Table 2.1 Features Useful for Developing Indicators
Lake or reservoir dimensions
Extent of stratification and mixing (Froude number, lake number)
Physicochemical Constituent
Dissolved Oxygen - Balance between production and consumption;
Oxygen status (profile, deficit rate, anoxic factor)
Water clarity - Light attenuation (color, inorganic particles, organic
particles (algae))
Nutrient and Chemical Values
Ambient concentrations (compliance, toxicity, eutrophication status (8.0,
26.7, 84.4 g L-1 Total Phosphorus and 661, 753, 1875 g L-1 Total Nitrogen
(geometric means) for oligotrophic, mesotrophic, and eutrophic systems,
respectively (OECD, 1982))
Loading rates and permissible limits (Total Maximum Daily Load)
Biological Components
Indicator species (pollution tolerant/intolerant) - pitfalls include ambiguity
and relation to community structure/function
Biotic diversity (e.g., Shannon and Weaver, 1949; Wilhm, 1967)
Morphoedaphic Index - Fish harvest (Ryder, 1965)
Integrative Components
Trophic state
Trophic State Index (TSI, Carlson, 1977)
Index of Biotic Integrity (IBI, Karr et al., 1986)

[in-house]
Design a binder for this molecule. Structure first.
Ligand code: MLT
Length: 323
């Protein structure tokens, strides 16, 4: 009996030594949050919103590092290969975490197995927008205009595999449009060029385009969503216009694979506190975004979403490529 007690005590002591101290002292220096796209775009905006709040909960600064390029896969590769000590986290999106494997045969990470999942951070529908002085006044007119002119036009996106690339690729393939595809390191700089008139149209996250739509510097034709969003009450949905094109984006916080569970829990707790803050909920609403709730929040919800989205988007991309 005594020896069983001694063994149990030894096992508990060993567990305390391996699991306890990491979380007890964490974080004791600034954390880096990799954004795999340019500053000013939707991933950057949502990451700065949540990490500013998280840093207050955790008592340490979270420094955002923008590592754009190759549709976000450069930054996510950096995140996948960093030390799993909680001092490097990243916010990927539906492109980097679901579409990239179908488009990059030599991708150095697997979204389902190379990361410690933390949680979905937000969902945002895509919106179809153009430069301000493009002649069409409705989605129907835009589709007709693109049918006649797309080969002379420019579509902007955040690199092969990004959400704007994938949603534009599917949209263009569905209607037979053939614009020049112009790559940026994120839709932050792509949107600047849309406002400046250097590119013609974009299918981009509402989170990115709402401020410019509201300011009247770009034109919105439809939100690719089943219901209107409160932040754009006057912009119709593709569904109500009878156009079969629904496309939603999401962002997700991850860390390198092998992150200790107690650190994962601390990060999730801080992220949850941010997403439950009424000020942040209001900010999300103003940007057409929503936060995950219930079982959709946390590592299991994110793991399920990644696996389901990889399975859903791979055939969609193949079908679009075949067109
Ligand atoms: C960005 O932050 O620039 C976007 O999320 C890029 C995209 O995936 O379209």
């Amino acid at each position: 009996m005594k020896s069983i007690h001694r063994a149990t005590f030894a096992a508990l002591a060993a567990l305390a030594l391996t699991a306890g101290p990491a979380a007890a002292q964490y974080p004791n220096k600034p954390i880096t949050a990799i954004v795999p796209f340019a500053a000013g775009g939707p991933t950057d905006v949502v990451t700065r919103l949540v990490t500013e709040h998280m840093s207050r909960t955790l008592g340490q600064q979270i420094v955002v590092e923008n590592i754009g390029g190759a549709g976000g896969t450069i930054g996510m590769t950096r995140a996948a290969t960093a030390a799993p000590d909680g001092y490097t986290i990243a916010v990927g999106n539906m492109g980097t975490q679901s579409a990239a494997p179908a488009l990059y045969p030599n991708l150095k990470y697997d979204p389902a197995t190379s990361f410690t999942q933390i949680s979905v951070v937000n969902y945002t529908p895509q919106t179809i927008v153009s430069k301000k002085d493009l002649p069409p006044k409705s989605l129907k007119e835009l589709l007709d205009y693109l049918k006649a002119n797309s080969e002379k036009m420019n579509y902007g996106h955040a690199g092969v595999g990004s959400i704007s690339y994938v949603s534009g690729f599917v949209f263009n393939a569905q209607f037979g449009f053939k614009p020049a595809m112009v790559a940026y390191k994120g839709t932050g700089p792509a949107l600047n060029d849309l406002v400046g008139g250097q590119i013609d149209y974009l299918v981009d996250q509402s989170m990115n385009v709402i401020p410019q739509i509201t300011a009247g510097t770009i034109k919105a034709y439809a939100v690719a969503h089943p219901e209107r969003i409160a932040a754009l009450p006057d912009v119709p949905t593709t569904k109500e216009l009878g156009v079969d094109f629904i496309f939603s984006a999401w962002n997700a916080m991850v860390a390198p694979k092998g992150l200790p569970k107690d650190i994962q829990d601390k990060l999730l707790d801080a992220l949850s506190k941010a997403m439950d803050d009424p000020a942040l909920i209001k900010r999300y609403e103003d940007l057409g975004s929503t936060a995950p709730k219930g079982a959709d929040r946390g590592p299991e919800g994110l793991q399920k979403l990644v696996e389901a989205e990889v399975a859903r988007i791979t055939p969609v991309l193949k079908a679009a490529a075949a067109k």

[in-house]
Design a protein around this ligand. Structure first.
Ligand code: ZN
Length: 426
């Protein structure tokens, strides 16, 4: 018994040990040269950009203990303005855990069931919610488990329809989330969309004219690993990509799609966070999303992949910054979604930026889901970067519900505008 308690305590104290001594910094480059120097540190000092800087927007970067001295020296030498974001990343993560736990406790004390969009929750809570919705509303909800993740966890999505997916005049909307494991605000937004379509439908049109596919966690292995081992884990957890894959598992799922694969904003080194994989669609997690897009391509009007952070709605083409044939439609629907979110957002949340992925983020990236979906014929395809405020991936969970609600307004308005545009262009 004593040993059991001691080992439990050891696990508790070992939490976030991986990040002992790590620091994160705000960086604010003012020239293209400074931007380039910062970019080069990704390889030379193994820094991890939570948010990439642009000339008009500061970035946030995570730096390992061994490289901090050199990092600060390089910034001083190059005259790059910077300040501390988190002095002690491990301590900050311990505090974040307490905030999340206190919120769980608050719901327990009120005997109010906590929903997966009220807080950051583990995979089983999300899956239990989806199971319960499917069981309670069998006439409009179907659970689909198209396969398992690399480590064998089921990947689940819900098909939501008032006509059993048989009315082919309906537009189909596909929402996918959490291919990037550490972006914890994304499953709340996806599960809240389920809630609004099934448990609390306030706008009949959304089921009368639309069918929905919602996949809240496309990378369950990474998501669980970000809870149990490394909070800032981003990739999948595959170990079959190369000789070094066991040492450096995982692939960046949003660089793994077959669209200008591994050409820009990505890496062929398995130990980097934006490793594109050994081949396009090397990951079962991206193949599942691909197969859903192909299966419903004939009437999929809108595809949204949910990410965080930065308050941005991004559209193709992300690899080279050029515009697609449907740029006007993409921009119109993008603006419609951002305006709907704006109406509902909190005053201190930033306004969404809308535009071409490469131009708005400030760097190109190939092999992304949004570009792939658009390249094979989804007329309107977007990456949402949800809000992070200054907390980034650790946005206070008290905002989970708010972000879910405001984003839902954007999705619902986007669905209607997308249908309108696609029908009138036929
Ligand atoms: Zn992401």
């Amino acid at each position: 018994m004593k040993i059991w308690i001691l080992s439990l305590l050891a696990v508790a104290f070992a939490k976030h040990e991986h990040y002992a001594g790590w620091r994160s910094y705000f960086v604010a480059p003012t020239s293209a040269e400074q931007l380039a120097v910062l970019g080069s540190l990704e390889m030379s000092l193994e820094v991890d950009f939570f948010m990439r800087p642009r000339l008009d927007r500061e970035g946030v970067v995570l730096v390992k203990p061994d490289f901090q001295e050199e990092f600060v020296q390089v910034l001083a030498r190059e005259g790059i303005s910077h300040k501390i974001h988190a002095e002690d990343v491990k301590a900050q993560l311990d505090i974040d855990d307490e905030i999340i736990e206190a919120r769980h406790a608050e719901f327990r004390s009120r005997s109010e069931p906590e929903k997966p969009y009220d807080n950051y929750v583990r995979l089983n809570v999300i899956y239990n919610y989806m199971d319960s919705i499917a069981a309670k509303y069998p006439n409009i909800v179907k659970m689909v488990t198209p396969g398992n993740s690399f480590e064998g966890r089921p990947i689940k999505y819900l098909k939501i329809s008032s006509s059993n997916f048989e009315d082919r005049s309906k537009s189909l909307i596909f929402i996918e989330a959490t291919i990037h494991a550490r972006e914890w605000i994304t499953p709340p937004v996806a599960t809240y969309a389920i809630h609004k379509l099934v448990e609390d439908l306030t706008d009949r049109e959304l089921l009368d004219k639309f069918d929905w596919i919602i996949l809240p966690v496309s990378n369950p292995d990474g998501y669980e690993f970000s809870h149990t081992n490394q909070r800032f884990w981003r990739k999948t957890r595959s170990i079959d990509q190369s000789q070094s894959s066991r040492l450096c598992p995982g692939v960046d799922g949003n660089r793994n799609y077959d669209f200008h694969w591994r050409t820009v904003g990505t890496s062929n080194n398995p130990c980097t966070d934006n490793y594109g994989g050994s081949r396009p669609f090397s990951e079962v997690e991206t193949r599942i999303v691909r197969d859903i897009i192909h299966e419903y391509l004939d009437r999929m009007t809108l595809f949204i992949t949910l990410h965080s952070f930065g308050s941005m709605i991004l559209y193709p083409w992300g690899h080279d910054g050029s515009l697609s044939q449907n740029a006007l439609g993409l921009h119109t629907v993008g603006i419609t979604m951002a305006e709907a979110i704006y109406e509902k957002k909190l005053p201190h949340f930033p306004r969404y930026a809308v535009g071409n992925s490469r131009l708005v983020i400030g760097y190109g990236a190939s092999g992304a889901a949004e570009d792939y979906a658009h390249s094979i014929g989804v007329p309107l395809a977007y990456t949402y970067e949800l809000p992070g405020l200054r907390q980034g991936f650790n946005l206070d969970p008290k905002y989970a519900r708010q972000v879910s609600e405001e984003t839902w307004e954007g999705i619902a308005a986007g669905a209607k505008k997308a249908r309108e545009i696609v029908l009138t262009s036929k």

EPT Index - based on the abundance of selected orders of pollution-
sensitive insect larvae (Ephemeroptera (mayflies), Plecoptera (stoneflies),
and Trichoptera (caddisflies)). EPT Index is the sum of the number of
families within these orders.
While there is obvious overlap in these two lists of indicators, using concepts from both may
enable identification of specific problem sources (via compliance monitoring) and an overall assessment
of environmental health (cumulative effects even within established standards and criteria). Recent
discussions suggesting water quality standards for metals toxicity may need reconsidering (due to site
specific and metal specific responses to water quality) (Renner, 1997) are also indicative of a need to
carefully consider the development and application of indicators.
Using perceptions of water quality problems, as defined by users and quantification of problems
using indicators applied on a regional basis, is a good start in problem identification. An example of a
program that utilizes a similar approach is the Tennessee Valley Authority's (TVA) Assessment
Program. Specific techniques for using water quality indicators have also been developed by the U.S.
Department of Agriculture Soil Conservation Service (Terrell and Perfietti, 1989).
Problem identification includes consideration of the source(s) of the problem so that application
of enhancement techniques can be targeted for maximum benefit. Often more than one source exists.


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